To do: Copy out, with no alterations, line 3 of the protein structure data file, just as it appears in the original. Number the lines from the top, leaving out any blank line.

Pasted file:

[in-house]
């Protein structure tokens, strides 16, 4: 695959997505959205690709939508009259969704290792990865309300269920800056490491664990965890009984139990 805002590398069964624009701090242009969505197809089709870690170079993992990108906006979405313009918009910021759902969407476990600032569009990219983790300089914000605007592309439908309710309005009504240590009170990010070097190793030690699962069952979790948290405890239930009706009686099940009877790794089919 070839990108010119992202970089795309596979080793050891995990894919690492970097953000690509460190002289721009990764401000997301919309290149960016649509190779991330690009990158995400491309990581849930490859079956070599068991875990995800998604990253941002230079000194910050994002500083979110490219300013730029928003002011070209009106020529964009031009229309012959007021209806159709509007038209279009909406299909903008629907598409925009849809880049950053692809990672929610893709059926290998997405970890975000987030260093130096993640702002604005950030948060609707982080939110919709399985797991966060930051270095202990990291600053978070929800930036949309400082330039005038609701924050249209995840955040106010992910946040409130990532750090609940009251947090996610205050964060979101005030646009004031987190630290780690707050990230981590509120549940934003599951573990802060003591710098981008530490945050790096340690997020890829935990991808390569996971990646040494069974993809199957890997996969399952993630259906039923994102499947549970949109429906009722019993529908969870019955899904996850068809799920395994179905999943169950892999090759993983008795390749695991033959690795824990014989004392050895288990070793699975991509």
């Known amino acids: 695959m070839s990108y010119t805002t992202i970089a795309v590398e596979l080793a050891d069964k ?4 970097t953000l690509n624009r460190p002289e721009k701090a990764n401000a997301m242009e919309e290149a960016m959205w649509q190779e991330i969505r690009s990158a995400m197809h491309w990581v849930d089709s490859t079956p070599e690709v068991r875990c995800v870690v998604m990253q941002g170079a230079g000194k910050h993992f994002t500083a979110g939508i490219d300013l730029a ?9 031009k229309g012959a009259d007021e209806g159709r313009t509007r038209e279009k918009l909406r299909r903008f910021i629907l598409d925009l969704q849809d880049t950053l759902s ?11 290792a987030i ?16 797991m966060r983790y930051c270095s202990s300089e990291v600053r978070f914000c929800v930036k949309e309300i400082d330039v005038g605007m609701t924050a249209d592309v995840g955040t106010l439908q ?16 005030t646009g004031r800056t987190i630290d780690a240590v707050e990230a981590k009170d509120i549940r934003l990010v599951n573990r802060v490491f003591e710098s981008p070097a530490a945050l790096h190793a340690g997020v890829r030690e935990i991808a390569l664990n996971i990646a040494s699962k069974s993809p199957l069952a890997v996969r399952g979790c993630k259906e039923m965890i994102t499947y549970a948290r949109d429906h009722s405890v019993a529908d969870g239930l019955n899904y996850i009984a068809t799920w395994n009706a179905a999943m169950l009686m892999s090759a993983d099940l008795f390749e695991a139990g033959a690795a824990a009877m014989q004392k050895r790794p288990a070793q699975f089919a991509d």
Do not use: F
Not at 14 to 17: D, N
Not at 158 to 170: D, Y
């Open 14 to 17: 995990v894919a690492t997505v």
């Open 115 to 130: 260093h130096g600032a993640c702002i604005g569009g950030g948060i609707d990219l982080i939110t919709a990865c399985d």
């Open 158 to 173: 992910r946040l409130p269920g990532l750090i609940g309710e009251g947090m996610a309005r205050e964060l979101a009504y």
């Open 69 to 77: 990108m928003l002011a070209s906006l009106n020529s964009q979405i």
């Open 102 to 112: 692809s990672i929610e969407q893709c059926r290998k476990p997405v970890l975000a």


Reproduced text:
């Known amino acids: 695959m070839s990108y010119t805002t992202i970089a795309v590398e596979l080793a050891d069964k ?4 970097t953000l690509n624009r460190p002289e721009k701090a990764n401000a997301m242009e919309e290149a960016m959205w649509q190779e991330i969505r690009s990158a995400m197809h491309w990581v849930d089709s490859t079956p070599e690709v068991r875990c995800v870690v998604m990253q941002g170079a230079g000194k910050h993992f994002t500083a979110g939508i490219d300013l730029a ?9 031009k229309g012959a009259d007021e209806g159709r313009t509007r038209e279009k918009l909406r299909r903008f910021i629907l598409d925009l969704q849809d880049t950053l759902s ?11 290792a987030i ?16 797991m966060r983790y930051c270095s202990s300089e990291v600053r978070f914000c929800v930036k949309e309300i400082d330039v005038g605007m609701t924050a249209d592309v995840g955040t106010l439908q ?16 005030t646009g004031r800056t987190i630290d780690a240590v707050e990230a981590k009170d509120i549940r934003l990010v599951n573990r802060v490491f003591e710098s981008p070097a530490a945050l790096h190793a340690g997020v890829r030690e935990i991808a390569l664990n996971i990646a040494s699962k069974s993809p199957l069952a890997v996969r399952g979790c993630k259906e039923m965890i994102t499947y549970a948290r949109d429906h009722s405890v019993a529908d969870g239930l019955n899904y996850i009984a068809t799920w395994n009706a179905a999943m169950l009686m892999s090759a993983d099940l008795f390749e695991a139990g033959a690795a824990a009877m014989q004392k050895r790794p288990a070793q699975f089919a991509d």